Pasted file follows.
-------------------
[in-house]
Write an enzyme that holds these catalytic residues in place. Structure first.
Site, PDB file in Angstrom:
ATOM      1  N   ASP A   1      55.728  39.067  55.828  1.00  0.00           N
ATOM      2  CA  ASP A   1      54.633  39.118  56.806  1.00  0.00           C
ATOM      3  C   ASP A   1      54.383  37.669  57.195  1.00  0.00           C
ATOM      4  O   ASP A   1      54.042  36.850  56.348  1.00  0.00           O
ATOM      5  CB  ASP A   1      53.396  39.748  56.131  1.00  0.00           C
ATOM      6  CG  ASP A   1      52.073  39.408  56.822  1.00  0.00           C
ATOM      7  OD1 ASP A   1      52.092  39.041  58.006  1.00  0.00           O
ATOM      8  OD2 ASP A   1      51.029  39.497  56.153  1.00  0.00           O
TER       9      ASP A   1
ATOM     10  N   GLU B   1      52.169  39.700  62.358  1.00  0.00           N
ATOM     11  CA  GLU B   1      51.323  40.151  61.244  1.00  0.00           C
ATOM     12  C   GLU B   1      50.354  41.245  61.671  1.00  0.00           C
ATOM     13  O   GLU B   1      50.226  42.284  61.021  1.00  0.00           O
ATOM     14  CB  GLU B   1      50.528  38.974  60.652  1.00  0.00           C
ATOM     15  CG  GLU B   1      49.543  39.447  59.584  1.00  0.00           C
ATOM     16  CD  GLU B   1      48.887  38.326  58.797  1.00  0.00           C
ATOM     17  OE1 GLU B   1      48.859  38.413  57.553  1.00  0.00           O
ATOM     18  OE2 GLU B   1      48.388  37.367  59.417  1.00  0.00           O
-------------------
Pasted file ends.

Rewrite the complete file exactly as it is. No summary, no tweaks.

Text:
[in-house]
Write an enzyme that holds these catalytic residues in place. Structure first.
Site, PDB file in Angstrom:
ATOM      1  N   ASP A   1      55.728  39.067  55.828  1.00  0.00           N
ATOM      2  CA  ASP A   1      54.633  39.118  56.806  1.00  0.00           C
ATOM      3  C   ASP A   1      54.383  37.669  57.195  1.00  0.00           C
ATOM      4  O   ASP A   1      54.042  36.850  56.348  1.00  0.00           O
ATOM      5  CB  ASP A   1      53.396  39.748  56.131  1.00  0.00           C
ATOM      6  CG  ASP A   1      52.073  39.408  56.822  1.00  0.00           C
ATOM      7  OD1 ASP A   1      52.092  39.041  58.006  1.00  0.00           O
ATOM      8  OD2 ASP A   1      51.029  39.497  56.153  1.00  0.00           O
TER       9      ASP A   1
ATOM     10  N   GLU B   1      52.169  39.700  62.358  1.00  0.00           N
ATOM     11  CA  GLU B   1      51.323  40.151  61.244  1.00  0.00           C
ATOM     12  C   GLU B   1      50.354  41.245  61.671  1.00  0.00           C
ATOM     13  O   GLU B   1      50.226  42.284  61.021  1.00  0.00           O
ATOM     14  CB  GLU B   1      50.528  38.974  60.652  1.00  0.00           C
ATOM     15  CG  GLU B   1      49.543  39.447  59.584  1.00  0.00           C
ATOM     16  CD  GLU B   1      48.887  38.326  58.797  1.00  0.00           C
ATOM     17  OE1 GLU B   1      48.859  38.413  57.553  1.00  0.00           O
ATOM     18  OE2 GLU B   1      48.388  37.367  59.417  1.00  0.00           O